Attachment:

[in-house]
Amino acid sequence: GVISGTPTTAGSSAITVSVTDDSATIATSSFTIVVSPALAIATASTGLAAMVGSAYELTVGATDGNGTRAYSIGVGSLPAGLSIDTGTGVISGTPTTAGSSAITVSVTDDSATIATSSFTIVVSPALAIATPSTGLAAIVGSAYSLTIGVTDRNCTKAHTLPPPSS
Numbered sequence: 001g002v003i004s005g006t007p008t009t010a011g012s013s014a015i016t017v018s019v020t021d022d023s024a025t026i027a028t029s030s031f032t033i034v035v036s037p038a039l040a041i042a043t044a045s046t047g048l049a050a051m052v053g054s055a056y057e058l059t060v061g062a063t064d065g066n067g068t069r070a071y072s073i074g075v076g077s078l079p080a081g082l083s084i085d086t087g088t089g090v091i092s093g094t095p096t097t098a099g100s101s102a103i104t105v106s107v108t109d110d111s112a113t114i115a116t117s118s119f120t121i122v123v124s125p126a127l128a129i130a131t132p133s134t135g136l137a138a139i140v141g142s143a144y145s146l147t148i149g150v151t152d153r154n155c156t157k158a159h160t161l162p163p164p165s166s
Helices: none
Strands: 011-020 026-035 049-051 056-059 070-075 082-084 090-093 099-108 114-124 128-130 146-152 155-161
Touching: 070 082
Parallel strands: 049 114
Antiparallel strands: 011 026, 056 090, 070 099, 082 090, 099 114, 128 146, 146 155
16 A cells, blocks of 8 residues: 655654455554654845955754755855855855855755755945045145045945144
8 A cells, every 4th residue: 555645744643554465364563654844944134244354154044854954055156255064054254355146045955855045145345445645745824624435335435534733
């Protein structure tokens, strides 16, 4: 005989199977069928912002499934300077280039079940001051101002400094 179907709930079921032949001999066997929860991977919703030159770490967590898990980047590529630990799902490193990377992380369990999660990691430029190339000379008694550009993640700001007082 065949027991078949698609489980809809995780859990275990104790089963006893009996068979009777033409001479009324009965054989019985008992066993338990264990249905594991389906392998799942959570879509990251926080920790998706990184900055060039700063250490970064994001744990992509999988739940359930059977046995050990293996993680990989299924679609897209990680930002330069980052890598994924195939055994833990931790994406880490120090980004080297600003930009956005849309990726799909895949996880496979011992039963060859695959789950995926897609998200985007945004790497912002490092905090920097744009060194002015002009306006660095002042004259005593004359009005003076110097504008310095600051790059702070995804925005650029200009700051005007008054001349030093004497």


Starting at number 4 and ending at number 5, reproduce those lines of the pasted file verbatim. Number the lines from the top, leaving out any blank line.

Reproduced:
Helices: none
Strands: 011-020 026-035 049-051 056-059 070-075 082-084 090-093 099-108 114-124 128-130 146-152 155-161